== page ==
Shine, shine, you who shine on all of us
Shine, shine, you who shine wherever you go
No one can shine like you shine
You made people feel confused and lost
You made people feel happy and lost
Are you shocked by these lines of verse? Aghast at their temerity? Their author has just been given the maximum sentence allowed under Egyptian law – three years in jail and a fine of $18,000 – on charges of insulting President Hosni Mubarak (who is referred to throughout the country as The Laughing Cow).
The offending lines were written by Mounir Said Hanna Marzouk, an obscure civil servant from Maghagha in southern Egypt.According to the BBC, he “began writing poetry only recently and was encouraged when his colleagues at the office enjoyed reading it. But things took a turn for the worse when he began to write about problems at work and everyday life.”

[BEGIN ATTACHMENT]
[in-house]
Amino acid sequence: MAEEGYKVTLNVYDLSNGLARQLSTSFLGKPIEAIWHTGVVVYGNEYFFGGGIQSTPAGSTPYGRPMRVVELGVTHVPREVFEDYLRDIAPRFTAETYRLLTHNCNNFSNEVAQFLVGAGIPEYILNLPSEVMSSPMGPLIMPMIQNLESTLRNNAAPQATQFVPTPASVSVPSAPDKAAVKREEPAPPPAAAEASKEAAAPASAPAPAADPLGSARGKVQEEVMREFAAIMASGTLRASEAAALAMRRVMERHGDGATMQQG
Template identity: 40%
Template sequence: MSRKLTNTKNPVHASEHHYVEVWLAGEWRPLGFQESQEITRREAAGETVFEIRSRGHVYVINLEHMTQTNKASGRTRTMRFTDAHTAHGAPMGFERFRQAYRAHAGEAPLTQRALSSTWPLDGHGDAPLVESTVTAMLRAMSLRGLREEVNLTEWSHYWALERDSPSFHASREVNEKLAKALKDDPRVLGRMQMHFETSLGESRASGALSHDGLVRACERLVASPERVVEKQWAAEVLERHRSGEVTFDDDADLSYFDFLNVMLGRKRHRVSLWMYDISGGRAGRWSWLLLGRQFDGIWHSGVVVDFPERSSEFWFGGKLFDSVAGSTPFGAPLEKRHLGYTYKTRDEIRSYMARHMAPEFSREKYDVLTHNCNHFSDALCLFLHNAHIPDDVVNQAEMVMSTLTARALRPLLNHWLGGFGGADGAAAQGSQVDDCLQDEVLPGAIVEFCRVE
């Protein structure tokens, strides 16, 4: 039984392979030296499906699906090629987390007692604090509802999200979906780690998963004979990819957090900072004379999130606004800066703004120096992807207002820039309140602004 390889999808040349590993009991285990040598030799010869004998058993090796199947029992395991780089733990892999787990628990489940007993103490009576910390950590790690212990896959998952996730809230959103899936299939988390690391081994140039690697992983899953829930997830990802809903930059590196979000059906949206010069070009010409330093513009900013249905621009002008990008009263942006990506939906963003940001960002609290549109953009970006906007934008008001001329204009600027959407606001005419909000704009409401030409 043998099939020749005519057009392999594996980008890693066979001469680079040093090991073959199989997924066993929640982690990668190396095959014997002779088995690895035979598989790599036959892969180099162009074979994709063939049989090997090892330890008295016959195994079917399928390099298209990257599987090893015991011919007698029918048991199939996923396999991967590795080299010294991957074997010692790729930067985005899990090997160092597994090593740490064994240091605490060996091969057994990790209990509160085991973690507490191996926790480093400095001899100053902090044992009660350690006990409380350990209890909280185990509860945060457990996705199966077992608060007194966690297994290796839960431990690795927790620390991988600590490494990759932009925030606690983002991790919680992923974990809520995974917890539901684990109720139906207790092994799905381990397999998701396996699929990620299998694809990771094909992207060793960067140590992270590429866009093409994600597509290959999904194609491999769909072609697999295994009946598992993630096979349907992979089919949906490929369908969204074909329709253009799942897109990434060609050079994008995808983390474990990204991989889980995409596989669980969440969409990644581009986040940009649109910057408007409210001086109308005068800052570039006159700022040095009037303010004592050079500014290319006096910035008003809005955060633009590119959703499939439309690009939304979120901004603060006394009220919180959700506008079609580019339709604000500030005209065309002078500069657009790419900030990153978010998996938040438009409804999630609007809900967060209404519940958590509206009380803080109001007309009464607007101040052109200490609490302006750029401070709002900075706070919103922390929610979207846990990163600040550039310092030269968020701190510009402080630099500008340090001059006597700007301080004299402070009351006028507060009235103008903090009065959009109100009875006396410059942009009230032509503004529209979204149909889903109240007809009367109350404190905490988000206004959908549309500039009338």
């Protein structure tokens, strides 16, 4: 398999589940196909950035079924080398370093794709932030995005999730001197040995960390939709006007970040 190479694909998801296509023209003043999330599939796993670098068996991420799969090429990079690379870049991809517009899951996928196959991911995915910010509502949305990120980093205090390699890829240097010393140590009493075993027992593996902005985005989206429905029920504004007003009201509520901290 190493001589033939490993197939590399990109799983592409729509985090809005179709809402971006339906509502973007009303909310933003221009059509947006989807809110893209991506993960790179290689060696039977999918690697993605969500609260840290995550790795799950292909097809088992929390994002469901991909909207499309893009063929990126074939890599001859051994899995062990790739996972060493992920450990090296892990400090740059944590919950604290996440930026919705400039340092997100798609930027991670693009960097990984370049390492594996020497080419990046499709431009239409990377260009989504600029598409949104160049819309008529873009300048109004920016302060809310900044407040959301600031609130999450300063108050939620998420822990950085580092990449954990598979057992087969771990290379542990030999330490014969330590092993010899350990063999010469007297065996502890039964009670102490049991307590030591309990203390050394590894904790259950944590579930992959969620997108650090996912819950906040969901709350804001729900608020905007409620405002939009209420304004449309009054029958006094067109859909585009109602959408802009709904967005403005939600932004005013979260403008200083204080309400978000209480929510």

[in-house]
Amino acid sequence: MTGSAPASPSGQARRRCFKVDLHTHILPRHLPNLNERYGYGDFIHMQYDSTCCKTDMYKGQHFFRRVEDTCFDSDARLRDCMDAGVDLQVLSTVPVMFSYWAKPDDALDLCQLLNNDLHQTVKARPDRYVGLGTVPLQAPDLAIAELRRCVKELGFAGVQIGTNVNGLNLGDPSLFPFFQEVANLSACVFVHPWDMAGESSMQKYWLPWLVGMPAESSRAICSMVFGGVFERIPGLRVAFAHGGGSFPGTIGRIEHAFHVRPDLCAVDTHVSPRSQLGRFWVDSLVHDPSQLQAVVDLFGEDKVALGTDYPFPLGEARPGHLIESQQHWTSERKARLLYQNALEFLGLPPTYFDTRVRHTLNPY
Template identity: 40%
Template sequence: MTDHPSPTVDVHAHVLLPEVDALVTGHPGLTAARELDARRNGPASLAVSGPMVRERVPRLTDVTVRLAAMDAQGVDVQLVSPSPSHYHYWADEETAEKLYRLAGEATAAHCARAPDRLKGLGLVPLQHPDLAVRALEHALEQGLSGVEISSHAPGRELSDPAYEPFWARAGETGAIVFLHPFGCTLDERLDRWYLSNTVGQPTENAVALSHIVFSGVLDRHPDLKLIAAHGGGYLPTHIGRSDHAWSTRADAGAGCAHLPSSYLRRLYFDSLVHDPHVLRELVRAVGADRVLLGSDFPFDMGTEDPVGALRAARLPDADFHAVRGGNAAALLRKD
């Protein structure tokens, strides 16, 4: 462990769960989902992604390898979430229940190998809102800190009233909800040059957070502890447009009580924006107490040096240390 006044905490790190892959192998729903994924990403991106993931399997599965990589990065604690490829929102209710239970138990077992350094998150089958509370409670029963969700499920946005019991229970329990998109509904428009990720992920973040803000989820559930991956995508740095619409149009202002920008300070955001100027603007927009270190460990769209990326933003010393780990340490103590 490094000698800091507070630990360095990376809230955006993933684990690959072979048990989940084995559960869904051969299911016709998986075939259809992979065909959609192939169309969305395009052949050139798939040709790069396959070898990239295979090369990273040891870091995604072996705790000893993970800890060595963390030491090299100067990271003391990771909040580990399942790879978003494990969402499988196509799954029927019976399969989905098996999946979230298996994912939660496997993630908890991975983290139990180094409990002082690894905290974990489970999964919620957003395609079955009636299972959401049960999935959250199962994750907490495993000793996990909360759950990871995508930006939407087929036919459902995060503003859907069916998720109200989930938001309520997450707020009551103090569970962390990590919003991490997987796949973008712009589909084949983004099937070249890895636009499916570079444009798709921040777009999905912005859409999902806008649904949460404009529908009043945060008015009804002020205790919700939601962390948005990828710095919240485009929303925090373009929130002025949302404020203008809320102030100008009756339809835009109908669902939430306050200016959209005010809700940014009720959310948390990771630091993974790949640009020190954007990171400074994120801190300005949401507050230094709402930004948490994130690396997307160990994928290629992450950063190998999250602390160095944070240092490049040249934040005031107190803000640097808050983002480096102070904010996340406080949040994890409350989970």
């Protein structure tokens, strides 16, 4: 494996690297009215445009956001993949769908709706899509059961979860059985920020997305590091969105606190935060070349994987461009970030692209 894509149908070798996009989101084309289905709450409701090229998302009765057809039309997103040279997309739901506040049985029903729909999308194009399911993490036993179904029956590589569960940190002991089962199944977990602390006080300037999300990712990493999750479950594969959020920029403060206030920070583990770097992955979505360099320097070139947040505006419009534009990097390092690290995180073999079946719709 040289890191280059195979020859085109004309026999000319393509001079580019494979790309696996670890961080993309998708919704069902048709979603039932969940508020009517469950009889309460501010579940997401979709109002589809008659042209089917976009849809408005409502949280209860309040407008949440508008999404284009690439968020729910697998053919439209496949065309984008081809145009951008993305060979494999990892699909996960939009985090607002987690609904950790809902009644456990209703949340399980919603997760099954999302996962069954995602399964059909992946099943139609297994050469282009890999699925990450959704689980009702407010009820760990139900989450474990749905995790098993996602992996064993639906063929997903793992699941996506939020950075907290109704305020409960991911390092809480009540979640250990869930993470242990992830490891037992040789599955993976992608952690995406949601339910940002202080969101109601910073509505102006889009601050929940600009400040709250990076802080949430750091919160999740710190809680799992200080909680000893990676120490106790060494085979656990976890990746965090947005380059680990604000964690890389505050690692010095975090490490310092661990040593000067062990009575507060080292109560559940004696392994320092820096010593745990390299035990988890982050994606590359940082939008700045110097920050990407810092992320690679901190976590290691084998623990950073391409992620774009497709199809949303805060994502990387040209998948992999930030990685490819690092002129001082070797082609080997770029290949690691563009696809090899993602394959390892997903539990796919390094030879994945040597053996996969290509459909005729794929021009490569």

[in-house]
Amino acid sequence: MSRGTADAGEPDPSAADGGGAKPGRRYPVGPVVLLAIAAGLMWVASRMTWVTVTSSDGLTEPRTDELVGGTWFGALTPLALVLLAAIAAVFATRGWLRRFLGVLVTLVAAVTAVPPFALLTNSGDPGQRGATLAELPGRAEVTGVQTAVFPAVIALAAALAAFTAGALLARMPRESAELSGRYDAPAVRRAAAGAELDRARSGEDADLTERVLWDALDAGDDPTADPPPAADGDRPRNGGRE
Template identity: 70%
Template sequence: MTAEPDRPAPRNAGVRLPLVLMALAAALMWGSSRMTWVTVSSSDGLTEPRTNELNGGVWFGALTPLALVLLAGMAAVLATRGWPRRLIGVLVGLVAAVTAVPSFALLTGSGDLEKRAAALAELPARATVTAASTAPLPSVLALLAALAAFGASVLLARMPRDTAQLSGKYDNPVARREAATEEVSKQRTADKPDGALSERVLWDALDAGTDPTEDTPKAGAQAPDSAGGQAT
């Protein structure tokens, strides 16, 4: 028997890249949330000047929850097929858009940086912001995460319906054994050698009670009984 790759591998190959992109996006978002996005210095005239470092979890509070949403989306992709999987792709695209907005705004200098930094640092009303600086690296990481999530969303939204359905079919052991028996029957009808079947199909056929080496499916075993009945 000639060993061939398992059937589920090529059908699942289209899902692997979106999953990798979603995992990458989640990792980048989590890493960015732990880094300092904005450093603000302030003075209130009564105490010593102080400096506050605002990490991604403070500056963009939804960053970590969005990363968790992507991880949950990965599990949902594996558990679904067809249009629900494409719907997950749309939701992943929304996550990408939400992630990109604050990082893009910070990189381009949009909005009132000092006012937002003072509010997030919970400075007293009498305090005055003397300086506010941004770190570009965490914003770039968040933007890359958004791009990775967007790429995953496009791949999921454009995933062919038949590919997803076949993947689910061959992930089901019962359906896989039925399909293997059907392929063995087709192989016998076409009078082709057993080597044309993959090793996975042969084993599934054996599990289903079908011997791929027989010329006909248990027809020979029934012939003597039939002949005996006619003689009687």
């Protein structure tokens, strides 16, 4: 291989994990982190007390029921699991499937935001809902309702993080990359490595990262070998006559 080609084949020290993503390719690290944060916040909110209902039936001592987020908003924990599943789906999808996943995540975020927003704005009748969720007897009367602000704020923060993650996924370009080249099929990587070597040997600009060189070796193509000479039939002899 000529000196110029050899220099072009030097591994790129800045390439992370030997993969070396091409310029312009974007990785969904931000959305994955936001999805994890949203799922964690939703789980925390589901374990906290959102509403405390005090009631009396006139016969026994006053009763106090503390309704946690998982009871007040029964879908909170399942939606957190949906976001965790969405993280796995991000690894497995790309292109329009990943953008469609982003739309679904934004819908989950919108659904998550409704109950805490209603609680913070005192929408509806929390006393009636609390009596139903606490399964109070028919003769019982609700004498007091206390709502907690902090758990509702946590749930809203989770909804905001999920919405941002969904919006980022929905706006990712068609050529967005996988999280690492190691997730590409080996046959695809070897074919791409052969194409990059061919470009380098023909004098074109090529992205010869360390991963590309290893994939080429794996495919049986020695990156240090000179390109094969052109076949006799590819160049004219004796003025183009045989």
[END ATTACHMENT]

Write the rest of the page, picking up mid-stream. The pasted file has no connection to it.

One colleague made a formal complaint and he was hauled in by the authorities for interrogation. He was tried and sentenced without help from a lawyer, and might easily have remained forgotten in jail for the next three years. It was only when his family appealed to President Mubarak for pardon that the case started to attract public attention.
Why on earth do Arab regimes still pursue these ridiculous “crimes” of “insulting” the head of state or “defaming” the country? As the Egyptian blogger Zeinobia (whose translation from the offending poem is quoted above) puts it: “So what if he mocks Mubarak? Mubarak is not a God, he is just a president.”
The case, she says, is reminiscent of King Farouk’s last days in power, when writers and poets like Bayram el-Tunsi were punished or exiled for “defaming” the monarch.